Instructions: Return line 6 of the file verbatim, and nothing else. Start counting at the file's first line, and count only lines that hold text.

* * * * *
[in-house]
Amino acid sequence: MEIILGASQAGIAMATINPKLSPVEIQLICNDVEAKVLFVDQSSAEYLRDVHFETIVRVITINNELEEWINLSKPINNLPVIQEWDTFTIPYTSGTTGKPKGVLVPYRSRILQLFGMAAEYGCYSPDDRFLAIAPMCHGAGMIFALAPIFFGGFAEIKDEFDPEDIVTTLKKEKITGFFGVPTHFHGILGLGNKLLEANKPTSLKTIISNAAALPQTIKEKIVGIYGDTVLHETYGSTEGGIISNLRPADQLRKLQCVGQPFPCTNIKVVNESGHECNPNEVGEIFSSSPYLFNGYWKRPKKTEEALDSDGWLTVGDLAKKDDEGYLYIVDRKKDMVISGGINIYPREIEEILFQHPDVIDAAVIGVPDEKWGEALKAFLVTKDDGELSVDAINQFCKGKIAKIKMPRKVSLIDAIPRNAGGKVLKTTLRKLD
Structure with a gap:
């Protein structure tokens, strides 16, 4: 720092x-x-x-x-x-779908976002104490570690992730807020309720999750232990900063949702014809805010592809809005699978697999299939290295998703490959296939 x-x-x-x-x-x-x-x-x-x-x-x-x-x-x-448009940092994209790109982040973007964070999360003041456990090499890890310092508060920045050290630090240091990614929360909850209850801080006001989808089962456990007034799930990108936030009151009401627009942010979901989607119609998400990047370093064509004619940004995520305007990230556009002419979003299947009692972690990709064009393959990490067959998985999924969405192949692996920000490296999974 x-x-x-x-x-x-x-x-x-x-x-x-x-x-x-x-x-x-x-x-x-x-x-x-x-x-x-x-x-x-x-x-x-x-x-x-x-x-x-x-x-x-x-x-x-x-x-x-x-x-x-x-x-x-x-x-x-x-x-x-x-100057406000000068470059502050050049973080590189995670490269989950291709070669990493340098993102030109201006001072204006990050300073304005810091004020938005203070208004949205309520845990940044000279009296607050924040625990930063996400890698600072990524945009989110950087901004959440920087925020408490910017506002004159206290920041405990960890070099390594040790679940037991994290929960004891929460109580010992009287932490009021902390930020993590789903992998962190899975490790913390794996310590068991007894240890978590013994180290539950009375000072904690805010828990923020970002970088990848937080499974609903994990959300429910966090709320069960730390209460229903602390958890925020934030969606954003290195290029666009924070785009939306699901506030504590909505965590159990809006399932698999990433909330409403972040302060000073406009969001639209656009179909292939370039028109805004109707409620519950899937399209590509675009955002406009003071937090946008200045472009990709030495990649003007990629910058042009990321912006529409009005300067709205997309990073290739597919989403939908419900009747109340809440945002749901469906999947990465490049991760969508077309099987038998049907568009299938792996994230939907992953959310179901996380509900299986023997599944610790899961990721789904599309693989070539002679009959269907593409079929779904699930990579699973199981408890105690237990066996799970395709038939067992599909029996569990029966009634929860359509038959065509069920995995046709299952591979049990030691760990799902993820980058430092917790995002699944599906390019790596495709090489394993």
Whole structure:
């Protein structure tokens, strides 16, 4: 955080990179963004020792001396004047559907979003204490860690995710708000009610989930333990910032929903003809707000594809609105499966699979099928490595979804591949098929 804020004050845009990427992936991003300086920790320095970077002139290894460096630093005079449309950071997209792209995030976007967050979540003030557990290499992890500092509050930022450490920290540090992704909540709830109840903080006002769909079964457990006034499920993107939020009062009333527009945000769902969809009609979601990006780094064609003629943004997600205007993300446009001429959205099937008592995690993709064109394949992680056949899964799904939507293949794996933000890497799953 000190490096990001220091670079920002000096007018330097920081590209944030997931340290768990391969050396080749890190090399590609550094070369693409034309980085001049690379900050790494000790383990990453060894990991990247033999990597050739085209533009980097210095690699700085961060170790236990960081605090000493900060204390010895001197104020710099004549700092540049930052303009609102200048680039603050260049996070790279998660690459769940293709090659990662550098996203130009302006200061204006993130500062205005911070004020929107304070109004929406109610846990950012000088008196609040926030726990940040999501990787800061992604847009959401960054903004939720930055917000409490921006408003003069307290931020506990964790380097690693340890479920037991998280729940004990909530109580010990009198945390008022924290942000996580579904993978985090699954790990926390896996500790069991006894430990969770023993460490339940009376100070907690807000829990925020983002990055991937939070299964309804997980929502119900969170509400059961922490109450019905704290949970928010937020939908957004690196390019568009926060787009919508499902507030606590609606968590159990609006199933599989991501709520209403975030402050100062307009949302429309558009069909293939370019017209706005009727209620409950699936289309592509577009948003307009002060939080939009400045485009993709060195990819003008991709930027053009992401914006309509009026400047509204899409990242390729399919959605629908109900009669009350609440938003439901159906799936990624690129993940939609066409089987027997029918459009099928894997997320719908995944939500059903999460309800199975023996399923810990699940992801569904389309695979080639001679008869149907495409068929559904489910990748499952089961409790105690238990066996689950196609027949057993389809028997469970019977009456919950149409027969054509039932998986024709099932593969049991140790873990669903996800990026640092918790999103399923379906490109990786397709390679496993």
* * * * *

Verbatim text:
């Protein structure tokens, strides 16, 4: 955080990179963004020792001396004047559907979003204490860690995710708000009610989930333990910032929903003809707000594809609105499966699979099928490595979804591949098929 804020004050845009990427992936991003300086920790320095970077002139290894460096630093005079449309950071997209792209995030976007967050979540003030557990290499992890500092509050930022450490920290540090992704909540709830109840903080006002769909079964457990006034499920993107939020009062009333527009945000769902969809009609979601990006780094064609003629943004997600205007993300446009001429959205099937008592995690993709064109394949992680056949899964799904939507293949794996933000890497799953 000190490096990001220091670079920002000096007018330097920081590209944030997931340290768990391969050396080749890190090399590609550094070369693409034309980085001049690379900050790494000790383990990453060894990991990247033999990597050739085209533009980097210095690699700085961060170790236990960081605090000493900060204390010895001197104020710099004549700092540049930052303009609102200048680039603050260049996070790279998660690459769940293709090659990662550098996203130009302006200061204006993130500062205005911070004020929107304070109004929406109610846990950012000088008196609040926030726990940040999501990787800061992604847009959401960054903004939720930055917000409490921006408003003069307290931020506990964790380097690693340890479920037991998280729940004990909530109580010990009198945390008022924290942000996580579904993978985090699954790990926390896996500790069991006894430990969770023993460490339940009376100070907690807000829990925020983002990055991937939070299964309804997980929502119900969170509400059961922490109450019905704290949970928010937020939908957004690196390019568009926060787009919508499902507030606590609606968590159990609006199933599989991501709520209403975030402050100062307009949302429309558009069909293939370019017209706005009727209620409950699936289309592509577009948003307009002060939080939009400045485009993709060195990819003008991709930027053009992401914006309509009026400047509204899409990242390729399919959605629908109900009669009350609440938003439901159906799936990624690129993940939609066409089987027997029918459009099928894997997320719908995944939500059903999460309800199975023996399923810990699940992801569904389309695979080639001679008869149907495409068929559904489910990748499952089961409790105690238990066996689950196609027949057993389809028997469970019977009456919950149409027969054509039932998986024709099932593969049991140790873990669903996800990026640092918790999103399923379906490109990786397709390679496993």